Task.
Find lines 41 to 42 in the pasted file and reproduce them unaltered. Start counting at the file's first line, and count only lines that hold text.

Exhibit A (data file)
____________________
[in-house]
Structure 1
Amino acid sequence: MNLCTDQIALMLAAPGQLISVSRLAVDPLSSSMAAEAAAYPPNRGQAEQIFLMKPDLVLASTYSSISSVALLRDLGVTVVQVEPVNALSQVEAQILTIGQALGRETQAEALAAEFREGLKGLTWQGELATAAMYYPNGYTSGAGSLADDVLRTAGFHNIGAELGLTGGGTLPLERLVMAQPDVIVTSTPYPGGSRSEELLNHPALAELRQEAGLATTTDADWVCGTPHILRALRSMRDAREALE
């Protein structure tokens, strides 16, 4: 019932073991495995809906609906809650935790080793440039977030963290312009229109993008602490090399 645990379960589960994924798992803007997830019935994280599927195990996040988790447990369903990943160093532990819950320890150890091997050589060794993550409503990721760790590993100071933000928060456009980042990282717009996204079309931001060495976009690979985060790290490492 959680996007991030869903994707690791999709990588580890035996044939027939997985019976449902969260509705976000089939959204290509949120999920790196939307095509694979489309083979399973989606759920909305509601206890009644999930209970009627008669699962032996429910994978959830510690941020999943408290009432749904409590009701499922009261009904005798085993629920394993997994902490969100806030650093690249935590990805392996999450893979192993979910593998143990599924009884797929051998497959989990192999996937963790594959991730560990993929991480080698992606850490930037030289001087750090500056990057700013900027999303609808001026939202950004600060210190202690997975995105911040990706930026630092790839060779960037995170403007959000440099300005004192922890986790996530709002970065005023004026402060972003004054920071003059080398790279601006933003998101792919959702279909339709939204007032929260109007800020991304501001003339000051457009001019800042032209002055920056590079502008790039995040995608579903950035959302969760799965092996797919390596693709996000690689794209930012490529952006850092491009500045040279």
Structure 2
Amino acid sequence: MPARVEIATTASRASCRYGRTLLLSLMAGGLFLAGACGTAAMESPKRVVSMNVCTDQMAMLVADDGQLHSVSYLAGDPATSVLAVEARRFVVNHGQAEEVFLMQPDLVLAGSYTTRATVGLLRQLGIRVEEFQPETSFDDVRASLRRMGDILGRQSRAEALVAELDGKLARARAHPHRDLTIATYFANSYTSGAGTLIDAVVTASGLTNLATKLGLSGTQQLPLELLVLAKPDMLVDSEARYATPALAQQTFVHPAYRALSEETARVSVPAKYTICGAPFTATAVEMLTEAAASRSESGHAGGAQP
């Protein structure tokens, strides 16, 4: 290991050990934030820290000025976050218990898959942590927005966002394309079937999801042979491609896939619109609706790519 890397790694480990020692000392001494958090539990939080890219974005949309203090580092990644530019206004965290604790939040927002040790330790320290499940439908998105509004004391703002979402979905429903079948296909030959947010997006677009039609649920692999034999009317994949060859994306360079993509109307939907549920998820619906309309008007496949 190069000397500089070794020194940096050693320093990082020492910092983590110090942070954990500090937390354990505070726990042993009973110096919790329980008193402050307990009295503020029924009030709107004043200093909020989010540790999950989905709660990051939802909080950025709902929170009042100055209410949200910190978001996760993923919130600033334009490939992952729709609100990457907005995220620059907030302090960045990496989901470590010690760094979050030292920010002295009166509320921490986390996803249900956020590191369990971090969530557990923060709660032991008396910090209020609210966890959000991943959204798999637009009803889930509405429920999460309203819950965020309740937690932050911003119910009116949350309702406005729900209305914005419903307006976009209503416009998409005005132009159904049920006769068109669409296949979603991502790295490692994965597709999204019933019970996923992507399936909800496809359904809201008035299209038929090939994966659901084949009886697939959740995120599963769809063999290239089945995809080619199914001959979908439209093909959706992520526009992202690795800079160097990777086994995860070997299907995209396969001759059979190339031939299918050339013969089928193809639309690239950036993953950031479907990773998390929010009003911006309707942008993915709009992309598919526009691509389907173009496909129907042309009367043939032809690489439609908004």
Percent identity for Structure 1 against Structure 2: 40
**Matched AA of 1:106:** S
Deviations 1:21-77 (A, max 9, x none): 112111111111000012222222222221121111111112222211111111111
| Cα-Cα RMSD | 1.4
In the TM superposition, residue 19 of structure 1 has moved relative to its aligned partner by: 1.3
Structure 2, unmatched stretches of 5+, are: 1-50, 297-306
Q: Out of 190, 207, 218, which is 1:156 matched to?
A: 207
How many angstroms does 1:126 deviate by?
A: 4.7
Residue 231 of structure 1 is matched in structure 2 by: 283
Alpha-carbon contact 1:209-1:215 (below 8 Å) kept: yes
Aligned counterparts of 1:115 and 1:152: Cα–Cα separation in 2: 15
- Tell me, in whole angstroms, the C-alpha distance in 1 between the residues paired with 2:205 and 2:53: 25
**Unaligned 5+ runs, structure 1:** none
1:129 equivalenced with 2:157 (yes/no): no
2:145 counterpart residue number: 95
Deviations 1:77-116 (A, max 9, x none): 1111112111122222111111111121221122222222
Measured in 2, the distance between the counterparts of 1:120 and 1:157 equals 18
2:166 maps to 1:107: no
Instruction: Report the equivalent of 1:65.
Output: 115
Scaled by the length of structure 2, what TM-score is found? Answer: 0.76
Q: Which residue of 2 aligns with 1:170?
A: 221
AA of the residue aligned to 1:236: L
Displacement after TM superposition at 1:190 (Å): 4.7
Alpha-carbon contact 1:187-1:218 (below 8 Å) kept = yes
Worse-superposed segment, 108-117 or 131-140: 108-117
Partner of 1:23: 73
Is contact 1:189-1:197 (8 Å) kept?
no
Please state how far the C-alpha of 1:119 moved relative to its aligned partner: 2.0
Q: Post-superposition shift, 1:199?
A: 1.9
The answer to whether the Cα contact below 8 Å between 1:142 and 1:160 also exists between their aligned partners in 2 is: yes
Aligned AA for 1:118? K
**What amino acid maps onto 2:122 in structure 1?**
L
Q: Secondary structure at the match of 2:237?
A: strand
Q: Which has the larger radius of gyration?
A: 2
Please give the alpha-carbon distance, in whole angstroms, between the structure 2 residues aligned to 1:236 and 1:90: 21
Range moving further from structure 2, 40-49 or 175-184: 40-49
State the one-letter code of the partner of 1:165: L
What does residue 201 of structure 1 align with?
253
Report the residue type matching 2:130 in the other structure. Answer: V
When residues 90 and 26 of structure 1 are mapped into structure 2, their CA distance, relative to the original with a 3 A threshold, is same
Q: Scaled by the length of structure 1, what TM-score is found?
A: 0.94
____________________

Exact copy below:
Q: Post-superposition shift, 1:199?
A: 1.9